Satyam Shivam Sundaram
मैं तसव्वुर भी जुदाई का भला कैसे करूँ
मैंने क़िस्मत की लकीरों से चुराया है तुझे
How can I even imagine being separated from you?
For I have stolen you from the lines of fate.
— Qateel Shifai
I can’t help but wonder what goes on behind the scenes, in the mind of the poet, who composes beautiful lines of verse such as these. In fact, what is it that leads to creation of beauty in general and why does it sometimes seem to elude us?
I believe the phrase Satyam Shivam Sundaram could give us some clues about the origins of beauty.
Satyam means ‘truth.’ The first and foremost criterion for beauty is authenticity. When people are being themselves, even they are being difficult, it is beautiful. But what is truly and authentically us? That bit is hard to unearth.
As we grow up we acquire a lot of thought patterns, rationalisations, ‘values’ and ways of feeling and being that sometimes run against who we truly are deep within. One of the easiest ways to find out if that is happening, and it invariably does with everyone, is to see if our sense of self feels threatened by something. If it does, and we create something in reaction against it, it might not be very beautiful. If, however, in the moment of struggle, we reach down and try to verbalise the inner conflict we experience, that could come close to being authentic and hence more beautiful. It is as if there are degrees of authenticity built in inside us, and the closer we get to the core, the closer we are to the trinity: Satyam Shivam Sundaram: Truth, Auspiciousness, Beauty.
So the starting point of beauty is authenticity, it’s something that has legs to stand on, it’s something that while being finite gives a glimpse of the infinite hidden in everything.
The next stage is Shivam. One of the primary meanings of Shivam is prosperity and bliss. It also means auspiciousness. Shiva, who is often called ‘the destroyer,’ is so much more than that. In the Maha-mrityunjaya mantra, we pray to him for liberation, we say, save us from death, but not from amrita. Thus Shiva is not the angry destroyer of worlds we might imagine him to be. Quite the contrary, he delivers us from one state of consciousness to the other. He breaks the chains of ignorance so that we realise there is no death, in its essence the world is pure bliss. In fact, if he destroys anything at all, it is our fears. Because as long as we are in the grip of our fears, be it failure, heartbreak or death, it is difficult to live and experience life to the fullest.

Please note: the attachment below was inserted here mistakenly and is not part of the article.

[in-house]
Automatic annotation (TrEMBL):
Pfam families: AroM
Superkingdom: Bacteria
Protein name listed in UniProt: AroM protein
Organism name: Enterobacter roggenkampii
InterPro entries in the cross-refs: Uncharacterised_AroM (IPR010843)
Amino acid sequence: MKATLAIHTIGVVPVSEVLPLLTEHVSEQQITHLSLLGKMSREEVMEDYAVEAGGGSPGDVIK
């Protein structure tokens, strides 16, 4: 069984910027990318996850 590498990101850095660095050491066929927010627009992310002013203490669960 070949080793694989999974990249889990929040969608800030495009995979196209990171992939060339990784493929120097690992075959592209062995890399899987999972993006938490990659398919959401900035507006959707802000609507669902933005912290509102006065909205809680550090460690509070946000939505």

At the state of being-ness, we search for the authentic core that wants to express itself in the world of forms. However, not every expression of one’s authenticity is beautiful. Beauty is created when what is real is incubated in the positive energy of Shivam which rids it of its fear and negativity. This energy ensures that our creation is in the interest of ourselves and of everyone in the world at large, that it is a harbinger of auspicious beginnings.
Thus when what is Satyam within us comes in contact with the blissful liberating aspect Shivam the result is Sundaram.
Thankfully, the more we look for our truth, the closer we also get to the Shivam within us. Sometimes this process is painful, like being churned–the deeper we go, the closer we come to our complexes and fears that we have to wrestle with, overcome and release. And when we do that, Shiva drinks the poison that comes out of us as we are churned by life and our quest for happiness and he, out of compassion for us, neutralises it. That is when we get closer to amrita, our moksha (release) from the vagaries of life, and finally experience immortality and eternity.
The trinity Satyam Shivam Sundaram is also linked to another: Sat-Chit-Anand.
Sat: That which is real.
This gives us further clues about beauty. It is ultimately full of bliss or anand. How rapturous a beautiful line of poem is! We string together words by the hundreds everyday but certain thoughts, ideas and feelings when strung together in a pithy sentence can lead to an instant feeling of recognition, understanding and joy. Good poetry and prose is blissful and healing and so is beauty in general in other forms of life.
Shivam is related to the conscious principle of the universe. Beauty is our experience as consciousness (chit) of that which is real (sat). But the consciousness knows that all that is real is consciousness itself, and so this experience of knowing oneself as one truly is, is what is beautiful.
In fact, the world of forms is nothing but an extension of the creative process unfolding within the cosmos. We are that which is beautiful and blissful. And while we forget this essential aspect of our being, perhaps this forgetting is part of the process of rediscovering the beauty and bliss within us. It’s as if things become more evident and clear in contrast and that is what life is, a set of contrasts that helps us understand what truly resonates with us and speaks to us and these contrasts ultimately take us closer to who we are and what we truly desire.
When a poet opens his heart and tells us his fears and his pain, he does not speak just for himself, in fact as long as it is just for himself, the poem lacks wings, it cannot go and touch other hearts. And how does it get wings? When it comes from the core of our being with a genuine desire to know how we feel in our most ecstatic and most miserable states and to set it out on paper, each line pregnant with metaphors and themes that speak to other hearts longing for expression.
Beauty is blissful, it is full of consciousness and pure positive energy meant to liberate us from our fears and heal us, and it is ultimately that which is real. Conversely, all that is truly real in this world is full of consciousness and bliss and is beautiful!
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